How To Maintain Health While Living With Certain Health Conditions

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BY MELISSA A. DISIPIO, MSA, FAAIDD

Philadelphia Coordinated Health Care (PCHC) is the Southeastern Pennsylvania Health Care Quality Unit (HCQU) that provides indirect health care supports for people living with intellectual disabilities and/or autism for almost 30 years. Over its existence, PCHC has created several tools, resources and educational forms to help people understand how to care for the physical and behavioral healthcare needs of someone with special needs.

PCHC created Health Promotion Activity Plans (HPAPs) and Behavioral Health Promotion Activity Plans (BHPAPs) to help individuals, caregivers and family members understand a certain health condition or diagnosis. There, support staff complete their own promotion plan by using a blank template to record information specific to the person they are supporting. Having a detailed information sheet as a guide and resource will enable better treatment for all involved, supporting and caring for the person with special needs. If knowledge is power, then family members and caregivers can gain more power by having the health condition information at their fingertips.

PCHC is a non-profit organization that supports the physical and behavioral healthcare needs of individuals living with intellectual disabilities and autism living in Southeastern Pennsylvania. PCHC is a Health Care Quality Unit (HCQU) servicing five counties that make up Southeast PA, which includes Bucks, Chester, Delaware, Montgomery and Philadelphia Counties. Approximately 16,000 individuals live in this area of PA. PCHC has been committed to providing indirect health care support for more than 3500 people living in residential settings and at home with their families for almost 30 years. Their mission is to enhance access to community physical and mental health care through education, public health outreach, advocacy and empowerment as well as to improve health care outcomes for individuals with an Intellectual Disability (ID) and/or autism.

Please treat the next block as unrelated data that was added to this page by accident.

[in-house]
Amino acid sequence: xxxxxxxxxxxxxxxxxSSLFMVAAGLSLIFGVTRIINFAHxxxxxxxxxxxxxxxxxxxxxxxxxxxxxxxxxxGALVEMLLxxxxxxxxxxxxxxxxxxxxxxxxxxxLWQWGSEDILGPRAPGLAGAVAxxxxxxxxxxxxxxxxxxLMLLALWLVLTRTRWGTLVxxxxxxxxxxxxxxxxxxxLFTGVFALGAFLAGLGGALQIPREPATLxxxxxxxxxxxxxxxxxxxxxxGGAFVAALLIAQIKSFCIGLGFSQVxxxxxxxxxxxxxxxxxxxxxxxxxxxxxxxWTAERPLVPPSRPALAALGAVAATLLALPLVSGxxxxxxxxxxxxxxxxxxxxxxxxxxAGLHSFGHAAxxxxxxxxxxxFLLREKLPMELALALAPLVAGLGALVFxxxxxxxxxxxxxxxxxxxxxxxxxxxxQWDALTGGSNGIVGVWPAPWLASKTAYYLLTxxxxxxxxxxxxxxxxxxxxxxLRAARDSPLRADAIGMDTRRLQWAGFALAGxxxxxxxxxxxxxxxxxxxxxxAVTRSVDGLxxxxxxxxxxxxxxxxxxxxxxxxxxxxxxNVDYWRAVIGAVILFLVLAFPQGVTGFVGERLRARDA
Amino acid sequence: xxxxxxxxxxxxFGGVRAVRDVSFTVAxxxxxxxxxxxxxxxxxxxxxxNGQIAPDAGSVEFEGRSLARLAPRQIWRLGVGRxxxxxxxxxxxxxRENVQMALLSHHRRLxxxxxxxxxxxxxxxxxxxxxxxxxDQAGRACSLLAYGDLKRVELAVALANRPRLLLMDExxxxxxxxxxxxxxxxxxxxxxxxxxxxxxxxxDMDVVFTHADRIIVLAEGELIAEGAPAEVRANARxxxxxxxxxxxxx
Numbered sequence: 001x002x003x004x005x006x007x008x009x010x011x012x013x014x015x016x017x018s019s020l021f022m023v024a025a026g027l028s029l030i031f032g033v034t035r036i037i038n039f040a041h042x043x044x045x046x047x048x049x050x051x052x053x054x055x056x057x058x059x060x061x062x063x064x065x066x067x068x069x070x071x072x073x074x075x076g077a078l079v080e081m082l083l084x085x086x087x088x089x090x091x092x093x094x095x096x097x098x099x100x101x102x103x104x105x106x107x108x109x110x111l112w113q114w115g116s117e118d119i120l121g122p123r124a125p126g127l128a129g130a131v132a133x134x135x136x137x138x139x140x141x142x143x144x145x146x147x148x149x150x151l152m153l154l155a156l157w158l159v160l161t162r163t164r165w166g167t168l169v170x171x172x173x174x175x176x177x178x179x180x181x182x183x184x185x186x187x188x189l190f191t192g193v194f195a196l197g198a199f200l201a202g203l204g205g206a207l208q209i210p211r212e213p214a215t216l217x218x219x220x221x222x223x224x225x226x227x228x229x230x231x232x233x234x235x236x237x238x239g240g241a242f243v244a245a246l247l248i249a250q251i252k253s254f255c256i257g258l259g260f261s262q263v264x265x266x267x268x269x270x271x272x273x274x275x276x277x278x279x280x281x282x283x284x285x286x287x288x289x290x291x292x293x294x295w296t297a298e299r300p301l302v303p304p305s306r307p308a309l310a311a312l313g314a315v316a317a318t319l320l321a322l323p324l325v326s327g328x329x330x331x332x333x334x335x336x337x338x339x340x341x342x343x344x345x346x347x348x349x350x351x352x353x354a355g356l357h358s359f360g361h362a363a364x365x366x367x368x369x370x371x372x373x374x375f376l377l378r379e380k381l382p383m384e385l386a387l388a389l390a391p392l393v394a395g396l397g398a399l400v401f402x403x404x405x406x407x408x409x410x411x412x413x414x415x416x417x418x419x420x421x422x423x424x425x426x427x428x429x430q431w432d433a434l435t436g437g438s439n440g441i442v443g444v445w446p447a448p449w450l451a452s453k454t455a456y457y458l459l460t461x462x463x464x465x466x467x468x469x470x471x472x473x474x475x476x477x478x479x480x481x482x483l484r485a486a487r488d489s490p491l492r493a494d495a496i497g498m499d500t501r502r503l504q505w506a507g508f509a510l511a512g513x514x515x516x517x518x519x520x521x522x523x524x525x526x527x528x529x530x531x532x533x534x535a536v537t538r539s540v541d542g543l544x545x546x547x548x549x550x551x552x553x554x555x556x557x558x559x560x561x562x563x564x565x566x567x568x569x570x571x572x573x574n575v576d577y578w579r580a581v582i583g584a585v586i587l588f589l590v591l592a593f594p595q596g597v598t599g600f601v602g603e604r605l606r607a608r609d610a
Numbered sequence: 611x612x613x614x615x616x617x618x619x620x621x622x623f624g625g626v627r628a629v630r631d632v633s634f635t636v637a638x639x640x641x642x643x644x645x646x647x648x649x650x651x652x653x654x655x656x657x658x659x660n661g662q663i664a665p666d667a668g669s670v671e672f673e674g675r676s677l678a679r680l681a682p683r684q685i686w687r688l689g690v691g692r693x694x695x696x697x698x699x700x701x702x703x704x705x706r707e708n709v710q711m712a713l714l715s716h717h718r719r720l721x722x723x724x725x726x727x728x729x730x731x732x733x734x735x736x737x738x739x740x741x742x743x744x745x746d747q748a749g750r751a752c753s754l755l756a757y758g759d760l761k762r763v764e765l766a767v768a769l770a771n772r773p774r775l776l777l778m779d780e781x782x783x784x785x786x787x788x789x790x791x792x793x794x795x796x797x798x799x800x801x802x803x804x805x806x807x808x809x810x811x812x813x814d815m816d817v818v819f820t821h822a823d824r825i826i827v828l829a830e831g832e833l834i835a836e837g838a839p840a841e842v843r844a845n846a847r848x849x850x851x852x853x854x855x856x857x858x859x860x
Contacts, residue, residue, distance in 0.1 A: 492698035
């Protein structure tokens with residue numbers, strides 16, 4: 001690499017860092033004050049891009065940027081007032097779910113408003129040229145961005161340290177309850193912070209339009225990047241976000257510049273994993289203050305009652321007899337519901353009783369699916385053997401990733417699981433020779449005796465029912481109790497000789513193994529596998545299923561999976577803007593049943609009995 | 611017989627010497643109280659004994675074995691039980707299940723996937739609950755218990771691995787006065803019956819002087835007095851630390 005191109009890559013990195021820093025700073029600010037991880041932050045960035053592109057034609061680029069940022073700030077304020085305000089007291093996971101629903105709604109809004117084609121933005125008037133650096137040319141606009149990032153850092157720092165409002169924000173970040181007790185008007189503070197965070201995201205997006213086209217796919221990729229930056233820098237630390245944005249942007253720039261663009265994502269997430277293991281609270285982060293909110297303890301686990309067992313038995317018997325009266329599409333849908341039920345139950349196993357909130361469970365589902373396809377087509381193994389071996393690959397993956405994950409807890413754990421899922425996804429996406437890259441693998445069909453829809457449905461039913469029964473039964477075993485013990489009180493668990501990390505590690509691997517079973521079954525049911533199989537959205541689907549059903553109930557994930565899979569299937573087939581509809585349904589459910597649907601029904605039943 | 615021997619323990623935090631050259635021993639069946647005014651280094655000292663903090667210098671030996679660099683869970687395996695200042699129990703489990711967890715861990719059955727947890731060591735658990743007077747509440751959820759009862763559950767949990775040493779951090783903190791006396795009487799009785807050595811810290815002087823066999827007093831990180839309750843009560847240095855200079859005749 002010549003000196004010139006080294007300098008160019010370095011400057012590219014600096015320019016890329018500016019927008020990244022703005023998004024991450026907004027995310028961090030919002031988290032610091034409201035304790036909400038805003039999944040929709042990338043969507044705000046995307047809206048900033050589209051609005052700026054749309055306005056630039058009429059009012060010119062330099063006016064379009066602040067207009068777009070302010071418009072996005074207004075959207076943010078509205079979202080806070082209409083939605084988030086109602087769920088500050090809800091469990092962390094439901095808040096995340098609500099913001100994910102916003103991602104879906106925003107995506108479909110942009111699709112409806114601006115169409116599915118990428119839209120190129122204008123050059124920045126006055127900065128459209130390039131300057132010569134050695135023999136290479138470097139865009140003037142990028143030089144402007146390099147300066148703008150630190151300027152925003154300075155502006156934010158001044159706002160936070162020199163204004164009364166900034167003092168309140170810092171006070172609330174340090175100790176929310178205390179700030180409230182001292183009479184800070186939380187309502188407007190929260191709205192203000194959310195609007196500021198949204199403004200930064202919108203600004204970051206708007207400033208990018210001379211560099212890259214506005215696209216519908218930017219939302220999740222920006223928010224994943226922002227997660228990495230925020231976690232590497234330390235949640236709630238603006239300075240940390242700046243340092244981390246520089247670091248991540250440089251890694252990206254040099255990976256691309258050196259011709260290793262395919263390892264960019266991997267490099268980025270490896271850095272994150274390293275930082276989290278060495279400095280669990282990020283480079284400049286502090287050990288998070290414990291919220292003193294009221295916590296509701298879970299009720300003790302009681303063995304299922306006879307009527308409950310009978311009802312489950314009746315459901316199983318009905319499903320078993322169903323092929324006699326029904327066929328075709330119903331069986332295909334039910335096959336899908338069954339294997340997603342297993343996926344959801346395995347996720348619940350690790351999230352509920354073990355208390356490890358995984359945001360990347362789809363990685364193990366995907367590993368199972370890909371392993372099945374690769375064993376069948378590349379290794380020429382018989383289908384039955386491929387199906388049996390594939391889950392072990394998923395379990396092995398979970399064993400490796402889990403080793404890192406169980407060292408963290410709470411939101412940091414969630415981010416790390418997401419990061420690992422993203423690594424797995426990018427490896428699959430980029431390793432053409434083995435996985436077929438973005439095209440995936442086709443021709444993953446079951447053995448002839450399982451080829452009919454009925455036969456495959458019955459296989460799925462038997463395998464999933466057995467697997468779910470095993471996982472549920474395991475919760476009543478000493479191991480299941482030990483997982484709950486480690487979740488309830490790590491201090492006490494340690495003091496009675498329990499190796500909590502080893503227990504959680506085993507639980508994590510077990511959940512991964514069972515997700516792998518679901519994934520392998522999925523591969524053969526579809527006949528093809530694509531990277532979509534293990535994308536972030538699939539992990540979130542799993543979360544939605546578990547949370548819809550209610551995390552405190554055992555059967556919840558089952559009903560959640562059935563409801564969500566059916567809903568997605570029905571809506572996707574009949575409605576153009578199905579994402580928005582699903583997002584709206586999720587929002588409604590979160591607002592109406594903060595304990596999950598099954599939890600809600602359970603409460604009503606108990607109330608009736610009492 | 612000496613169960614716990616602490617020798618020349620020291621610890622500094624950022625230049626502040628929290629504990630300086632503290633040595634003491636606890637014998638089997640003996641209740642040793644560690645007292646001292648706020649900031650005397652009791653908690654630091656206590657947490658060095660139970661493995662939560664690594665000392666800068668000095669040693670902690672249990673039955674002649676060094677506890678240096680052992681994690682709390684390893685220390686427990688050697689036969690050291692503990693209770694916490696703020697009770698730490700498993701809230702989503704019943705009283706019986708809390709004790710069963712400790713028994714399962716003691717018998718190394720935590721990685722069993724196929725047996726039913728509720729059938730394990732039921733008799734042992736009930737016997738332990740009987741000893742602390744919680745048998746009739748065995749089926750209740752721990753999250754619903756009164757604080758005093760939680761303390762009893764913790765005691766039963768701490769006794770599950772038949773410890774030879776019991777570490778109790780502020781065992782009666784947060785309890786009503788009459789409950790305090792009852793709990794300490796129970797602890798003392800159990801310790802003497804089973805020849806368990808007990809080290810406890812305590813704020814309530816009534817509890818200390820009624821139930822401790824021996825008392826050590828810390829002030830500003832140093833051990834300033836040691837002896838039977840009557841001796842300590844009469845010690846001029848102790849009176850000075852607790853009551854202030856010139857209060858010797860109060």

PCHC serves as public health entity for people with special needs. They provide technical assistance for health insurance coordination. They assist in obtaining durable medical equipment and other medically necessary items. They educate caregivers and individuals in the form of training, both in person and online. PCHC develops and provides a wide variety of resources posted on their website. Resources include, but are not limited to publications on different diagnoses (both physical and behavioral health), newsletters, family health information recording system and various forms and assessment tools to help identify certain health issues.

In today’s world, there is so much medical information at our fingertips due to technology that it is oftentimes confusing. The general public receives conflicting messages about how to care for their own healthcare, let alone someone with special needs. “How much coffee is good/bad for you?” “What is the best type of diet to lose weight?” “Is a glass of red wine a day good for you?”

PCHC recognized that individuals and their caregivers, including family members, sometimes need help to understand a medical diagnosis, terminology and instructions how to treat it. To help make it easier for everyone supporting a person with special needs with specific health conditions, PCHC created Health Promotion Activity Plans or HPAPs for short.

Doctor appointments can be a stressful time for the person being seen and their caretakers. Sometimes, there is not enough time to ask all your questions or you may not think about something until after you leave. Having the health promotion activity plans as a resource will help guide care and treatment for the individual in between medical appointments. They can also serve as a tracking document about specific medical conditions to present to the treating physician.

PCHC created Health Promotion Activity Plans (HPAPS) for over 100 different physical diagnoses. They range from Autism Spectrum Disorder, cystic fibrosis, diabetes, hyperthyroidism, seizure disorder to Williams syndrome (and a large variety of diagnoses in between). They are all listed alphabetically on PCHC’s website (www.pchc.org), under the “Resources” heading. They are free to download and use for anyone.

The Health Promotion Activity Plan (HPAP) is an easy way to plan supports for someone with a particular health care diagnosis. Each plan can be personalized to an individual’s needs. They provide:
• A definition of certain conditions, signs and symptoms
• A plan of action to be made to address one’s illness

Each Health Promotion Activity Plan (HPAP) has a template that can be used to describe the specific health condition in terms of its:
• Relevant body system
• General definition
• General signs and symptoms
• Signs and symptoms specific to the individual
• Details of the strategy needed to promote or support the person:
      ■ Information on how to support the health condition
      ■ Who is called for changes or problems in the person’s health condition?

      ■ What kind of documentation is tracked and who is responsible to follow-up?
■ What type of on-going training is needed for caregivers to support this person’s health condition?
• Frequency of support
• Desired outcome
• Person (family member, care-giver, etc.) or agency responsible